Jump to content
WI-fossil-guy

Marine Fossil ID Request

Recommended Posts

WI-fossil-guy

Fossil Forum folks have been a huge help to me so far. Here is another ID request for a fossil found recently in ORDOVICIAN limestone of SE Minnesota USA

 

fMAY-2.jpg.c8749937189b5afa7f75559f4be7a292.jpgHMAY-1.jpg.05db0678d15d9869ded882be4d2b7e2a.jpgMAY-4.jpg.b9ae504531d0b5e253f5dfc6c58c7bfb.jpg

MAY-6.jpg

MAY-5.jpg

Share this post


Link to post
Share on other sites
AJ58

Maybe some kind of Tabulate coral

Share this post


Link to post
Share on other sites
Fossildude19

Looks more like some sort of bryozoan, to me.  :unsure: 

Share this post


Link to post
Share on other sites
AJ58

I think bryozoan is a more likely ID.

Share this post


Link to post
Share on other sites
WI-fossil-guy
Quote

 

If this is a bryozoan, what type might it be  and what identifying parts are visible in the fossil?

Share this post


Link to post
Share on other sites
CSimpson176

Biggest kicker is seeing the photos without the ruler, showing the internal structure, the line or tube like structures being indicative of bryozoan. The hard parts of a bryozoan make up what is called the zoarium. Unfortunately, many species and even genus' of bryozoans closely resemble one another. The only ways to properly identify most colonies is by either cutting a very thin section off in order to let light pass through and be able to identify the individual tubes which could house different type of zooecium (remains of the tiny animals that made up the colonies). Another method is by using acetate peels, essentially cutting the specimen and using acid to isolate more of the internal structure and using acetate and acetone in order to be able to accurately identify all of the structure (just a very quick summary without specifics in the procedure). Either method requires the proper equipment and safety precautions. A lot of work just to identify a specimen.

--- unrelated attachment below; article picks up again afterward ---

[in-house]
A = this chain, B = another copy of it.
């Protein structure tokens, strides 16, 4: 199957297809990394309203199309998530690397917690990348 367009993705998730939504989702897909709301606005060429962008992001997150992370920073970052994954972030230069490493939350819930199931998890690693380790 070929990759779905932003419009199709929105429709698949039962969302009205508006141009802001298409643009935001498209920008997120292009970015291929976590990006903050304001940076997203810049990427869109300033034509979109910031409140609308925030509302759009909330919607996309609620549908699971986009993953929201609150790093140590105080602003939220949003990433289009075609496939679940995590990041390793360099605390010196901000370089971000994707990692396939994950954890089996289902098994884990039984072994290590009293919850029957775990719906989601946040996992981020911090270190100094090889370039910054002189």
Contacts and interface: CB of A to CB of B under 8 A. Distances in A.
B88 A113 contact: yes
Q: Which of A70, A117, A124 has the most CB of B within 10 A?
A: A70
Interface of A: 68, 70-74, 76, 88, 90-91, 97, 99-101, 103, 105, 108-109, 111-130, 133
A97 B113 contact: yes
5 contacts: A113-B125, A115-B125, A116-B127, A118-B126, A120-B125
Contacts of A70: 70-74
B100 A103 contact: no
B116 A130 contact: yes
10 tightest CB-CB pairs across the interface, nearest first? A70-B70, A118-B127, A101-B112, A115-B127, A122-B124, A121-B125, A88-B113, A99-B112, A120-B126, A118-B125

The easiest genus to identify in my mind would be Constellaria, easily identified by the star shaped monticules on the zoarium.

Share this post


Link to post
Share on other sites
WI-fossil-guy

CSimpson176, thanks for the great and detailed ID info. Knowing the species would be great but I am not equipped to attempt the ID technique you detailed. However, can I be sure it is a bryozoan? If so, is what can be seen a lateral cross-section of the colony? THANKS.

Edited by WI-fossil-guy
Clarification

Share this post


Link to post
Share on other sites
CSimpson176

I would definitely say this is a bryozoan. Yes, that would be a lateral cross section. This photo is an example of Parvohallopora, showing it's internal structure similar to your specimen (Credit to the Cincinnati Dry Dredgers).

bryozoan.jpg

Share this post


Link to post
Share on other sites
WI-fossil-guy

CSimpson176 - Thank you much for your great ID help. Your attached pic was very enlightening. Fossil hunting becomes much more enjoyable with the expert help of knowledgeable people like you and others on the Fossil Forum.

Share this post


Link to post
Share on other sites
CSimpson176

I'm still learning a whole lot myself as I'm by no means an expert (maybe I'll get there someday aha). Glad to have helped you on this, hoping for you to find many more things out in the field! :dinothumb:

Share this post


Link to post
Share on other sites
WI-fossil-guy

CSimpson: You were a big help on my last ID Request (Bryozoan), have any ideas on my latest ID request (submitted today) - WI-fossil-guy?

Share this post


Link to post
Share on other sites

Create an account or sign in to comment

You need to be a member in order to leave a comment

Create an account

Sign up for a new account in our community. It's easy!

Register a new account

Sign in

Already have an account? Sign in here.

Sign In Now


  • Recently Browsing   0 members

    No registered users viewing this page.

×